The EU provides a laboratory of national experiments in writing down household debt. These include (1) moratoria on foreclosures (Iceland, Greece) and foreclosures as a last resort (UK) (2) protocols for identifying and treating consumers in arrears on mortgage debt (UK, Portugal) (3) Possibilities for restructuring mortgages and foreign currency loans (Hungary) and in some cases write-down of the principal (Iceland) (4) Buy backs by local governments or agencies and rental to debtor (5) State subsidy for mortgage interest (UK).
European precedents from previous crises existed for addressing mortgage debt. After the banking crisis in the early 1990s, Norway instituted an apparently successful programme of principal write-down with lenders having the possibility of recouping a portion of any subsequent upswing in value. Iceland introduced a similar programme after the crisis which received praise from the IMF in its 2012 World Economic Outlook report (see ch 3). This report recognised the importance of ‘bold household debt restructuring programs’ and commended Iceland for having introduced an integrated set of procedures which combined standardised methods for mortgage renegotiation with targeted relief of principal write-down for those with negative equity.
In contrast the Greek reforms of 2010 which included mortgage restructuring as part of insolvency and an across the board moratorium on foreclosures were regarded by the IFIs as a failure partly because of the inadequate court structure and absence of clear guidelines. The law was modified in 2013 to provide more targeted relief for homeowners.
A central policy question is whether to address mortgage debt within bankruptcy procedures or to establish separate, and usually temporary, programmes. Few homeowners make use of existing insolvency procedures in the EU, even in those countries where it may be possible to deal with aspects of mortgage debt (e.g. France–where there is a discretion to write-down a deficiency on housing debt) and this may suggest that separate programmes have better chance of success. In contrast in the US an influential article by Adam Levitin in 2009 argued that the well-established US bankruptcy procedure with specialised bankruptcy courts was the best site for dealing with mortgage debt. The US government did not however adopt this alternative and a subsequent study by Alan White and Carolina Reid suggests greater success was achieved through specific loan modification programmes than through existing bankruptcy procedures.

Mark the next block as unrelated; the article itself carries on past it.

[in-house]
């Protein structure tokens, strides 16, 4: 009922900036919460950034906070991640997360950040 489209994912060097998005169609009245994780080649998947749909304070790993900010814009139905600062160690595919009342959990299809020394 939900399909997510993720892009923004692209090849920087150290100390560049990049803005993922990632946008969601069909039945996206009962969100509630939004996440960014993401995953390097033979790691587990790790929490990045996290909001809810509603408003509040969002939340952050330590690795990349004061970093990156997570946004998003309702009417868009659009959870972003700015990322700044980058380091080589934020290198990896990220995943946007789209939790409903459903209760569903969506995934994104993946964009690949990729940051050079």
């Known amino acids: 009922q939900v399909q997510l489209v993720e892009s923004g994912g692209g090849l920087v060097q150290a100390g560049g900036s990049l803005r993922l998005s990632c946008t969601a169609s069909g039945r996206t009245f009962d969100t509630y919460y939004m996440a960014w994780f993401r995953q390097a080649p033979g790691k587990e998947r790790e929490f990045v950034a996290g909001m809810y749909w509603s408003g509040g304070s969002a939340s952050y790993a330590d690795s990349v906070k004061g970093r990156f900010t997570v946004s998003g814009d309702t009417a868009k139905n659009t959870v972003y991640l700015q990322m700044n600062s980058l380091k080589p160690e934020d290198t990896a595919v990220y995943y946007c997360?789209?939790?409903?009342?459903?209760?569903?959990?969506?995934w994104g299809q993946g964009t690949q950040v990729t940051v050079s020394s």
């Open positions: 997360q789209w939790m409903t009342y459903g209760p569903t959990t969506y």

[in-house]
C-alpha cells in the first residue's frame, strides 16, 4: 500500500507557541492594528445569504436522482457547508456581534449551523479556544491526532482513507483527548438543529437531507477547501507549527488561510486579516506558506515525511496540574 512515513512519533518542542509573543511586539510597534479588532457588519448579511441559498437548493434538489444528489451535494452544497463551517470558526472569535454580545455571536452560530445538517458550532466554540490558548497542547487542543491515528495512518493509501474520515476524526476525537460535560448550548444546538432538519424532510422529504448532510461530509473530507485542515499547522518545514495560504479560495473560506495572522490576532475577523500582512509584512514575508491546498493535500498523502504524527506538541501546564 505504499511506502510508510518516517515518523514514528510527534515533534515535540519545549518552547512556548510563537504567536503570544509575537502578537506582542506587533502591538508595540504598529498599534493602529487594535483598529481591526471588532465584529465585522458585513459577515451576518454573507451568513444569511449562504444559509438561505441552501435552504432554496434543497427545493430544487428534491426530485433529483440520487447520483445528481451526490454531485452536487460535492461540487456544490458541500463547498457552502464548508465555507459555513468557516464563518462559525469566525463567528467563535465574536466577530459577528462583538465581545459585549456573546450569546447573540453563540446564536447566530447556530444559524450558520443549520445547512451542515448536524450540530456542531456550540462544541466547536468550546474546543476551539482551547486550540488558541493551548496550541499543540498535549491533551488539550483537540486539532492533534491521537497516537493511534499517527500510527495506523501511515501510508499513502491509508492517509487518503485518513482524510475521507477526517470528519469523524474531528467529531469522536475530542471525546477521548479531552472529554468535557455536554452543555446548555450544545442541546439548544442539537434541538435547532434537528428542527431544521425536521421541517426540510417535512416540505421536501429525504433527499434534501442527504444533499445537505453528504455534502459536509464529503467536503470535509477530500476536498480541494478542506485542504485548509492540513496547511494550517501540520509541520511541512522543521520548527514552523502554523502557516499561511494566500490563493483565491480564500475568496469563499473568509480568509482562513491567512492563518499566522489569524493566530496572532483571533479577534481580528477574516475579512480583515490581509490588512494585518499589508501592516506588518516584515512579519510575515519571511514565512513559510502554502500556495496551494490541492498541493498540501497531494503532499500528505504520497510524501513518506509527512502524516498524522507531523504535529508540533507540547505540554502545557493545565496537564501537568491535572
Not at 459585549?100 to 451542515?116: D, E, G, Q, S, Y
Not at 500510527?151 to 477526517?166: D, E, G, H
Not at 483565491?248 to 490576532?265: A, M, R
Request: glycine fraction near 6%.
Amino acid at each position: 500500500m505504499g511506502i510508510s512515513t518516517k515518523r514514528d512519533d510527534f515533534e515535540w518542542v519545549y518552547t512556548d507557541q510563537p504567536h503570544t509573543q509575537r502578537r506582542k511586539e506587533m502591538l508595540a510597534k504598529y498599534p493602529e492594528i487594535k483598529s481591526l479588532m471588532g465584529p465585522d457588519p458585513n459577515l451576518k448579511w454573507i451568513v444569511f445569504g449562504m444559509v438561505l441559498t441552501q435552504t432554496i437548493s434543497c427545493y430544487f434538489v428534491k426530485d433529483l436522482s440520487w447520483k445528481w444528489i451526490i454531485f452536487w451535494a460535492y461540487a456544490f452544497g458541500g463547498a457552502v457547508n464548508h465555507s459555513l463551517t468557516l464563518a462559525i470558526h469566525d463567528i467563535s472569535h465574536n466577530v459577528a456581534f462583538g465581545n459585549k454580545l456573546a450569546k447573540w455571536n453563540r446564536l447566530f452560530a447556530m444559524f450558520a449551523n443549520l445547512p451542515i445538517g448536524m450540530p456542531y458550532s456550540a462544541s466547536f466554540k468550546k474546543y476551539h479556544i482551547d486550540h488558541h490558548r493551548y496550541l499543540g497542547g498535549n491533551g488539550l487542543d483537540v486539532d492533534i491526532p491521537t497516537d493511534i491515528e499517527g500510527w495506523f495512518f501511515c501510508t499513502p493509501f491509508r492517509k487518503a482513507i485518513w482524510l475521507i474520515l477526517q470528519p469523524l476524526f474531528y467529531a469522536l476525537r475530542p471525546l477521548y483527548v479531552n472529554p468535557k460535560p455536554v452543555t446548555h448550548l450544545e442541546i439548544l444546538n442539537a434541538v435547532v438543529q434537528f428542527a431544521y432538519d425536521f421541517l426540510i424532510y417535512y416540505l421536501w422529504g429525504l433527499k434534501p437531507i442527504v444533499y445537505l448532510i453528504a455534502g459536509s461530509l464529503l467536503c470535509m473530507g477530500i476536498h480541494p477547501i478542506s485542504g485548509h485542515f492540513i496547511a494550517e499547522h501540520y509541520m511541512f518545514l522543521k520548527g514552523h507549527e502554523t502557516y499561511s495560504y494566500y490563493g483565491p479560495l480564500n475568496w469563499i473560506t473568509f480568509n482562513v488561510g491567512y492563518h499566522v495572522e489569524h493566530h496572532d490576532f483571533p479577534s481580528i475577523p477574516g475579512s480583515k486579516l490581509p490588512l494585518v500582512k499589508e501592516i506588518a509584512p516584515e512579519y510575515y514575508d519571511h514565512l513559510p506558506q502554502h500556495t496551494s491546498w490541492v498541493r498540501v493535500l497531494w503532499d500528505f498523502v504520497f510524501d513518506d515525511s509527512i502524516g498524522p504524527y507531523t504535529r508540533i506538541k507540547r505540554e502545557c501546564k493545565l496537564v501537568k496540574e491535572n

Further systematic empirical study in Europe is desirable. Existing experience suggests difficulties in achieving well-balanced programmes during a crisis. In his review Summers criticises Mian and Sufi for not taking these practical difficulties into account but Levitin argues in a response to Summers that these difficulties were overstated or non-existent in relation to cramdown.
Political challenges exist to the introduction of any cramdown programme. Financial institutions in countries such as the US and UK remain influential in a crisis and are unlikely to support mortgage principal write-downs. Conflicts over policy may result in compromised and poorly designed outcomes. It could be useful therefore to plan ahead for potential trouble before a crisis occurs. Mian and Sufi suggest greater risk sharing of downside risk in debt contracts so that they resemble equity contracts (similar to Islamic finance). Thus a shared responsibility mortgage would offer downside protection to the borrower through reduced mortgage payments if the value of a home decreased while the lender would take 5 percent of any capital gain. This would produce an automatic stabilizer during recessions through reduced payments. Without discussing in depth the details of this programme it has the benefit of attempting to address ex ante potential problems by providing an automatic stabilizer in the event of a crisis.
Home ownership is an important economic and social institution in the EU. Before deregulation in the 1980s, the UK had a ‘safe’ mortgage system with a low repossession rate because access to mortgages was limited for ‘non-standard’ individuals. The French system of financing home ownership continues to limit access to younger individuals and those not in secure jobs. The consequence is a default rate much lower than in the UK (see discussion here ch.4). The current recession underlines the need for effective safety nets for individuals in economies subject to periodic housing bubbles.